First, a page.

Archaic Greece

HIST 4113/6113 • Fall 2023

This course counts towards the Histories of Knowledge, Belief and VisionHistories of Statemaking and the Limits of Power Concentrations

Chigi Vase

The Chigi Vase, a Protocorinthian olpe from about 650 BCE

Instructor: Dr. Charles E. Muntz
Time: MWF 9:40-10:30 pm
Place: CHPN 0424
Dr. Muntz's Office: 408 Old Main
Office Hours: M 1:00-2:30 pm and by appointment
Phone: (479) 575-5891


History of Greece from the late Bronze Age to the end of the Persian Wars. This class will focus particularly on the sources involved with reconstructing early Greek history, especially Herodotus and Homer, on the development of the Greek city-state or polis, and on the interaction between the Greeks and Near-eastern peoples during this period, culminating in the wars between the Greeks and the Persian Empire.

Learning Outcomes (Undergraduates)

  • Students will be able to evaluate the ancient sources for the Archaic Greek period and the problems with using them.
  • Students will understand the evolution of the Greek city state and the development of the political systems leading to the first democracy.
  • Students will understand the development of Greek culture in art, literature, philosophy, and other fields.
  • Students will be able to describe the relationship of Archaic Greece and the ancient Near East and Egypt, culminating in the Persian invasions.

Learning Outcomes (Graduates) - all of the above, plus

  • Engage with and evaluate modern scholarship on Archaic Greece
  • Assess historiographic trends on Archaic Greece

Covid Policies

This is a face-to-face class, and students are expected attend as long as they are healthy. But the Covid-19 pandemic is ongoing, so if you feel sick you should not come to class. Get tested - take-home tests are readily available - and if it is positive let the instructor know ASAP. The Health Center page has information on how long to isolate.

If you have to miss class, for Covid or any other reason, you need to take responsibility for finding out what we went over that day - think of it as an opportunity to make friends with your classmates, so you can borrow and copy notes. And of course, if you have any questions about material you can ask me. Extensions for paper deadlines and alternatives to the graded class discussions will also be available as needed, but again you need to email me for instructions.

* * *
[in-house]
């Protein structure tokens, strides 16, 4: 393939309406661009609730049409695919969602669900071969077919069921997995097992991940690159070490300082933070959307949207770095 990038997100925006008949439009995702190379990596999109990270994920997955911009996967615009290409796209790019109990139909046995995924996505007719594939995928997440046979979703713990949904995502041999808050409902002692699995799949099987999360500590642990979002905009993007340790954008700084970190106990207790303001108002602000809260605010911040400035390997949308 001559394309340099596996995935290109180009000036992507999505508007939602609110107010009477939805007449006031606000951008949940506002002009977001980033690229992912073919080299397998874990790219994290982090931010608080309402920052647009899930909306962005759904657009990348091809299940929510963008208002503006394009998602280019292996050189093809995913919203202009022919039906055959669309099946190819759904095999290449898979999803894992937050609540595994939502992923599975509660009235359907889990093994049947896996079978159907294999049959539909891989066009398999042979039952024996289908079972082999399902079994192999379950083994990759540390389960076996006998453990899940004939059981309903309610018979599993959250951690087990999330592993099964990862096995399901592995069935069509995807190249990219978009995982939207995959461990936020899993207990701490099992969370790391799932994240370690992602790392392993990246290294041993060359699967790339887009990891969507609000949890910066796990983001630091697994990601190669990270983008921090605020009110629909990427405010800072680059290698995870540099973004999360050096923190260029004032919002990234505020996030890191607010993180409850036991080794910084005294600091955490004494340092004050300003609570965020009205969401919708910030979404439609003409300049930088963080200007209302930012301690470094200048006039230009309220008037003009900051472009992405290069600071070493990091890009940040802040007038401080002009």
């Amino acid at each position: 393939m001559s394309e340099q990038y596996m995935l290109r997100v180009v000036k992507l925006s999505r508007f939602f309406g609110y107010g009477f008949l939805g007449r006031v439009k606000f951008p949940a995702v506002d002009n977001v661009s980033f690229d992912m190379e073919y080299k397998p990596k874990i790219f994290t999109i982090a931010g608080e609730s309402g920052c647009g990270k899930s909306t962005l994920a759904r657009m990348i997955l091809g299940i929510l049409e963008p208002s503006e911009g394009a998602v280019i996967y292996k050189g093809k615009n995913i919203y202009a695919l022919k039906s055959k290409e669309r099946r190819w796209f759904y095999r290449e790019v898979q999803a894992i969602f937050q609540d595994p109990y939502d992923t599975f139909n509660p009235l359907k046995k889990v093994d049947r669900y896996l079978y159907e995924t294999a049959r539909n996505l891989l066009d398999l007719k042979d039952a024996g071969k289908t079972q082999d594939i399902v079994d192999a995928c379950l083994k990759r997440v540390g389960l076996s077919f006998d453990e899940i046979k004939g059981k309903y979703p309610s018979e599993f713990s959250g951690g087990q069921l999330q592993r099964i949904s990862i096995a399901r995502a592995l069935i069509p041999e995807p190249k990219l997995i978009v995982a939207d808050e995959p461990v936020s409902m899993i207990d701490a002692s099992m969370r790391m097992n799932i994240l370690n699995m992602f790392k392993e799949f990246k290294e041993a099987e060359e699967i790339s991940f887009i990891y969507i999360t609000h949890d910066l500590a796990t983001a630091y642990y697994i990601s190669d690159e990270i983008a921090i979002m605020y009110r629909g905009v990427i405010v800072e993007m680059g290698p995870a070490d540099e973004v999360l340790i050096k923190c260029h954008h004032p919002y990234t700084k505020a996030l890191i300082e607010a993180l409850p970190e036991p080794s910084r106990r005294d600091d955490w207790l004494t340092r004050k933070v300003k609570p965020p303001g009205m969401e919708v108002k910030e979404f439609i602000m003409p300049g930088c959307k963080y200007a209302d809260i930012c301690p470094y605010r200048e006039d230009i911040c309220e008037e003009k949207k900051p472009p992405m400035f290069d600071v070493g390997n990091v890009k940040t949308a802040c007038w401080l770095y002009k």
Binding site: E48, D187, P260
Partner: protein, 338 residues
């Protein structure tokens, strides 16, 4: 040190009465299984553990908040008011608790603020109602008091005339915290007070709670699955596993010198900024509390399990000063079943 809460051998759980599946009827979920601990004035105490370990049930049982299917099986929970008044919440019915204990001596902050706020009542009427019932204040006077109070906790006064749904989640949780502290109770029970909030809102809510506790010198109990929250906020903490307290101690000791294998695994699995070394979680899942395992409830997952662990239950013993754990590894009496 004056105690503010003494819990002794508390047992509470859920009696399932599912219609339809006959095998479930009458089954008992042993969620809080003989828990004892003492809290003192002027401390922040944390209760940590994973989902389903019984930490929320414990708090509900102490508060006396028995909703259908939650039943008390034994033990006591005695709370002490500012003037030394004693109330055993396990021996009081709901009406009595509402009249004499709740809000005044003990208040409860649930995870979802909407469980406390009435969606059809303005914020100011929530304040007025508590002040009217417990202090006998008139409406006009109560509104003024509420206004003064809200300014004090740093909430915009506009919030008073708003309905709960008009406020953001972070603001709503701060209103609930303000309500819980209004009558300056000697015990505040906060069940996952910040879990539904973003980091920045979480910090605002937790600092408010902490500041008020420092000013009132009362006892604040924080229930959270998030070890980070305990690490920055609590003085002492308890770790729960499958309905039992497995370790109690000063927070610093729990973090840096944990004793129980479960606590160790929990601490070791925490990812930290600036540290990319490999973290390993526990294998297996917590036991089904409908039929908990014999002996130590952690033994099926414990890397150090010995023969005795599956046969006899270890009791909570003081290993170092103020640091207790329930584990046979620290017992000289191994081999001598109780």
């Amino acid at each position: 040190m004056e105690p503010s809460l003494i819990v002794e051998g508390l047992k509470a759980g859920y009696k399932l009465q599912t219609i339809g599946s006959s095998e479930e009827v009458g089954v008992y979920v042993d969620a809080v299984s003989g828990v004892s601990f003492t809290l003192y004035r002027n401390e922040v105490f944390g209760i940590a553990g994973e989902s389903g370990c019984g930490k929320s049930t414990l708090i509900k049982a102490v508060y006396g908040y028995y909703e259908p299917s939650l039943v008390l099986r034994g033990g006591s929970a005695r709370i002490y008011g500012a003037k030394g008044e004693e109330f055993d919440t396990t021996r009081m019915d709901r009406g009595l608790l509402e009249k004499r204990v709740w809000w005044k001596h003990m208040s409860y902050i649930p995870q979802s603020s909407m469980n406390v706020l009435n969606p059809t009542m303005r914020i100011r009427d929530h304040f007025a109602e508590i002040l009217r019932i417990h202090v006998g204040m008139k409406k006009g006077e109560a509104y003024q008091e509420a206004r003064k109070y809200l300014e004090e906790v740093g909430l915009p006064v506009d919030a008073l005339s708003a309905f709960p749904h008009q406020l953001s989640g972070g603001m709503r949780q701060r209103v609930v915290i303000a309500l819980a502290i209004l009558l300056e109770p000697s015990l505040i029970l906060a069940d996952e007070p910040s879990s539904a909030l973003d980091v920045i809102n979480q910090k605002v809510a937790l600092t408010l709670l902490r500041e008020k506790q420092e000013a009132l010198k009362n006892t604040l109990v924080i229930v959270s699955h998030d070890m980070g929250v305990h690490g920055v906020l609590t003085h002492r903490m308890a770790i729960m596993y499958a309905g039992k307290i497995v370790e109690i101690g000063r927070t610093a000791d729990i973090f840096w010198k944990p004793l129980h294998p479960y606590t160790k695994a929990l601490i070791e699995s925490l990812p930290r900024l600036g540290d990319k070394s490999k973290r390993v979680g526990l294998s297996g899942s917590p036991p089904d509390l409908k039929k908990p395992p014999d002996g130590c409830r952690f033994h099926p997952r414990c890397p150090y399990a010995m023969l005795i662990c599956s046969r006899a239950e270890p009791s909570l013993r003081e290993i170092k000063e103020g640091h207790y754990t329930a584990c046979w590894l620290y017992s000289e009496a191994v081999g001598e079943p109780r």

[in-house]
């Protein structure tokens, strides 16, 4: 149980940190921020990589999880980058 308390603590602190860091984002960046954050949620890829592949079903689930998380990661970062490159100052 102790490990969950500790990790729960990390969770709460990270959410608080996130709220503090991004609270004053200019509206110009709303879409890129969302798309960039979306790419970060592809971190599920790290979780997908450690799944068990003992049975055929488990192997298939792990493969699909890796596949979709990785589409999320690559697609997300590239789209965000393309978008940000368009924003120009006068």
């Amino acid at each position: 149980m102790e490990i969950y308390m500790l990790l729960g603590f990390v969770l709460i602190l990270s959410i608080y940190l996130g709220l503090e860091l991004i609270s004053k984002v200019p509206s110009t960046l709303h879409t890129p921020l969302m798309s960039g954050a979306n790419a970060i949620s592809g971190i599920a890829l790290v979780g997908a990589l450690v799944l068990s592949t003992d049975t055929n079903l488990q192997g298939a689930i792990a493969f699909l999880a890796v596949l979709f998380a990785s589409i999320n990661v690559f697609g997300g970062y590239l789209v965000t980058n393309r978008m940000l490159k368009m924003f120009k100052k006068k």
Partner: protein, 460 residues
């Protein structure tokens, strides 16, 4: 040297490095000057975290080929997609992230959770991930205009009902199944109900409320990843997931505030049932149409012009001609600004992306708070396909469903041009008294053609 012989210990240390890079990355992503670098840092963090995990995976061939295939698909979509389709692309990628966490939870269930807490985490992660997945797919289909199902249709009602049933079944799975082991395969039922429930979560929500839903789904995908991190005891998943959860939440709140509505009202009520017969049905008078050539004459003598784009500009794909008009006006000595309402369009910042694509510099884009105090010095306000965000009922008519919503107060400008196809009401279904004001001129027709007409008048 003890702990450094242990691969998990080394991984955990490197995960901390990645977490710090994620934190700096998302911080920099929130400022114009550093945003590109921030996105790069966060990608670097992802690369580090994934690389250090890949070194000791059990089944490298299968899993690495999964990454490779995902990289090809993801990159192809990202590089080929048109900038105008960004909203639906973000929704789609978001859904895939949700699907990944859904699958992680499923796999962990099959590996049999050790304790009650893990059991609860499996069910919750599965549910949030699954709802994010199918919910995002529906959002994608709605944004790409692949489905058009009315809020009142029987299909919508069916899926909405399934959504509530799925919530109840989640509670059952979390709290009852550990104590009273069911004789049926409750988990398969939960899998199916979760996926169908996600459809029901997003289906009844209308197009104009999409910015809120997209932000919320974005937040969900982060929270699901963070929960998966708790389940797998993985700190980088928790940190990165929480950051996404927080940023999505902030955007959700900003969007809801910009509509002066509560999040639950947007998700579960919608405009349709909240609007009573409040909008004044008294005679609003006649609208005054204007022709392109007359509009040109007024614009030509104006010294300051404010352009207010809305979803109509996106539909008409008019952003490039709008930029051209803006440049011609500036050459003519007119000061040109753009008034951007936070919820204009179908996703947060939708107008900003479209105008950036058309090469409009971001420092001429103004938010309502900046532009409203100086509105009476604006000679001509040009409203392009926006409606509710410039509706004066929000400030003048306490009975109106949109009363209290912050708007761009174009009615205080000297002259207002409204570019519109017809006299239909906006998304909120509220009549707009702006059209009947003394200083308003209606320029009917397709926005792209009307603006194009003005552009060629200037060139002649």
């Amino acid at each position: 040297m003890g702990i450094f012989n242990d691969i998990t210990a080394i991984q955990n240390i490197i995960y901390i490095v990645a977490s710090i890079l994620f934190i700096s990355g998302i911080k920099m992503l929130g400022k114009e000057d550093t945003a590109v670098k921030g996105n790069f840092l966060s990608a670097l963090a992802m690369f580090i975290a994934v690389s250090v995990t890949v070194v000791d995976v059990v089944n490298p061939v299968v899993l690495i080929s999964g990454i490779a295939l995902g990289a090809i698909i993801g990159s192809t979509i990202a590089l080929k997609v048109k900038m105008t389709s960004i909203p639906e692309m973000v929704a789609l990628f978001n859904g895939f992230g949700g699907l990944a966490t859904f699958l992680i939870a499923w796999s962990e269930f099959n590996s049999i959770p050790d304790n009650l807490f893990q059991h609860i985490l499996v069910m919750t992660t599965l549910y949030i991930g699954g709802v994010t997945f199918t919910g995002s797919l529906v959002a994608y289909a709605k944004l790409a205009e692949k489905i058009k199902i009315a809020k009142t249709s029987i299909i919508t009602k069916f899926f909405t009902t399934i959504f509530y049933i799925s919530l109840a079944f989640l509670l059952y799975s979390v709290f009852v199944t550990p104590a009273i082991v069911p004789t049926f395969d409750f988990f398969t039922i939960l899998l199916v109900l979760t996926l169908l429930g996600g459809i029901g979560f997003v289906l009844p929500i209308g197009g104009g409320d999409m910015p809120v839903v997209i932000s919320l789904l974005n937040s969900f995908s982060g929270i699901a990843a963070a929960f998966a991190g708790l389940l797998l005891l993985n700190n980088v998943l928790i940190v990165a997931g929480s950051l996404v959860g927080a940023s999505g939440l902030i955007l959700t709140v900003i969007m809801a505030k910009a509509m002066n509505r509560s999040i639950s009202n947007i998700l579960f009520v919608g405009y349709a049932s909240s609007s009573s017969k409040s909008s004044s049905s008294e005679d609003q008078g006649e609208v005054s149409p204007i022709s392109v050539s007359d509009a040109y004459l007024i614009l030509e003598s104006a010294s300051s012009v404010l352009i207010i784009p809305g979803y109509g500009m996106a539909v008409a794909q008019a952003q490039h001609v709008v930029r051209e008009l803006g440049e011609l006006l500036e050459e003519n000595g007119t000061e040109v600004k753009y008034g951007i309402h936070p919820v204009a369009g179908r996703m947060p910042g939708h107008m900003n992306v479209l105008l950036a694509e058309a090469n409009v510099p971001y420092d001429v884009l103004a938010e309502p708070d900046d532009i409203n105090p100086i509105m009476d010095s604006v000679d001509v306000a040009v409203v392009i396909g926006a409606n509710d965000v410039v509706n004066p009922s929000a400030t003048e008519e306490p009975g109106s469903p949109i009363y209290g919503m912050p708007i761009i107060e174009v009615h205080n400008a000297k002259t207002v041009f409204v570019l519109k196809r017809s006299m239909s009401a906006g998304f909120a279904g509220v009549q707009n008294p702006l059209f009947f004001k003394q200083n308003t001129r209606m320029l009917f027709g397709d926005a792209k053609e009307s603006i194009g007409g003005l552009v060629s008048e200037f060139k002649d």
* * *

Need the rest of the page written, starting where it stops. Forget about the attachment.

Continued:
Exams: There will be an in-class midterm on October 9, and a final exam on Monday December 11 at 10:15-12:15. Both will consist of essay questions, so you will need to bring an exam booklet (blue or green). Study guides will be made available prior to the exams.

Short Paper: A 1600-1800 word paper analyzing a theme from Homer's Iliad, due September 22 by 5pm. Instructions can be found here.

Long Paper (Undergraduates): A 3200-3600 word paper analyzing Herodotus’s portrayal of the barbarians and what it shows about the Greeks. Due December 7 by 5pm. Instructions can be found here.

Long Paper (Graduates): A 3500-4000 word research paper on a topic chosen in consultation with the professor, due December 8 by 5pm. You can find helpful links for research here.

Grading Policies
Formatting Guidelines

Class Discussion: Certain class periods are set aside for class discussions. Questions based on the primary sources to get things started can be found here, but feel free to raise other issues or questions on your own. 

Grade Breakdown:

Participation: 15% 
Paper 1: 15% 
Paper 2: 30% 
Midterm: 15% 
Final: 25%

Reading Materials

Required Texts (Make Sure You Get These Translations):
Curd, Patricia. A Presocratics Reader. ISBN 1603843051
Fagles, Robert. Homer: The Iliad. ISBN 9780140445923
Lombardo, Stanley. Hesiod: Works & Days, Theogony. ISBN 0872201791
Miller, Andrew. Greek Lyric: An Anthology in Translation. ISBN 0872202917
Sommerstein, Alan. The Persians and Other Plays. ISBN 014044999X
Sélincourt, A. Herodotus: The Histories. ISBN 9780140449082

Other texts will be made available via links under the Daily Topics

A guide to transliterating Greek

Super resource if you need to look up a person or topic (much better than Wikipedia or other web sources):
The Oxford Classical Dictionary


Academic Integrity: As a core part of its mission, the University of Arkansas provides students with the opportunity to further their educational goals through programs of study and research in an environment that promotes freedom of inquiry and academic responsibility. Accomplishing this mission is only possible when intellectual honesty and individual integrity prevail.